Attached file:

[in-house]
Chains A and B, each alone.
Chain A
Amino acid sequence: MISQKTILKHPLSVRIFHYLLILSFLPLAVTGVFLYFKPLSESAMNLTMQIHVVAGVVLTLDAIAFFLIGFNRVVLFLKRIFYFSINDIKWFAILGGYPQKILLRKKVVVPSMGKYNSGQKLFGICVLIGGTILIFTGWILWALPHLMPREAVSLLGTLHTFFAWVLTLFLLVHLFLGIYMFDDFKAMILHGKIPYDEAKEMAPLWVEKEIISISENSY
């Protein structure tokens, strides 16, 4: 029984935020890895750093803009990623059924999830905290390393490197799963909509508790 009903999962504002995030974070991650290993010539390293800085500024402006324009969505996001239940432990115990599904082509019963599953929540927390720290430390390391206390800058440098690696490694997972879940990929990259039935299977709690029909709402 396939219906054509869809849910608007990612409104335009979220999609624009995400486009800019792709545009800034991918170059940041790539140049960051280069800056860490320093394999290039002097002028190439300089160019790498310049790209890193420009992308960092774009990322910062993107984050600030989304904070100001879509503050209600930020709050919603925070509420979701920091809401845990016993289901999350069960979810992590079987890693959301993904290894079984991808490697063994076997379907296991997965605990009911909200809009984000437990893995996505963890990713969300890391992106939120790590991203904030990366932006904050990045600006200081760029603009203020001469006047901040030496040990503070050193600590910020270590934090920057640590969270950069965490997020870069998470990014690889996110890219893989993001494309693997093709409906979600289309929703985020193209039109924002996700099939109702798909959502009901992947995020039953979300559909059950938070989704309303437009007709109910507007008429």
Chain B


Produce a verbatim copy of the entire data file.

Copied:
[in-house]
Chains A and B, each alone.
Chain A
Amino acid sequence: MISQKTILKHPLSVRIFHYLLILSFLPLAVTGVFLYFKPLSESAMNLTMQIHVVAGVVLTLDAIAFFLIGFNRVVLFLKRIFYFSINDIKWFAILGGYPQKILLRKKVVVPSMGKYNSGQKLFGICVLIGGTILIFTGWILWALPHLMPREAVSLLGTLHTFFAWVLTLFLLVHLFLGIYMFDDFKAMILHGKIPYDEAKEMAPLWVEKEIISISENSY
């Protein structure tokens, strides 16, 4: 029984935020890895750093803009990623059924999830905290390393490197799963909509508790 009903999962504002995030974070991650290993010539390293800085500024402006324009969505996001239940432990115990599904082509019963599953929540927390720290430390390391206390800058440098690696490694997972879940990929990259039935299977709690029909709402 396939219906054509869809849910608007990612409104335009979220999609624009995400486009800019792709545009800034991918170059940041790539140049960051280069800056860490320093394999290039002097002028190439300089160019790498310049790209890193420009992308960092774009990322910062993107984050600030989304904070100001879509503050209600930020709050919603925070509420979701920091809401845990016993289901999350069960979810992590079987890693959301993904290894079984991808490697063994076997379907296991997965605990009911909200809009984000437990893995996505963890990713969300890391992106939120790590991203904030990366932006904050990045600006200081760029603009203020001469006047901040030496040990503070050193600590910020270590934090920057640590969270950069965490997020870069998470990014690889996110890219893989993001494309693997093709409906979600289309929703985020193209039109924002996700099939109702798909959502009901992947995020039953979300559909059950938070989704309303437009007709109910507007008429």
Chain B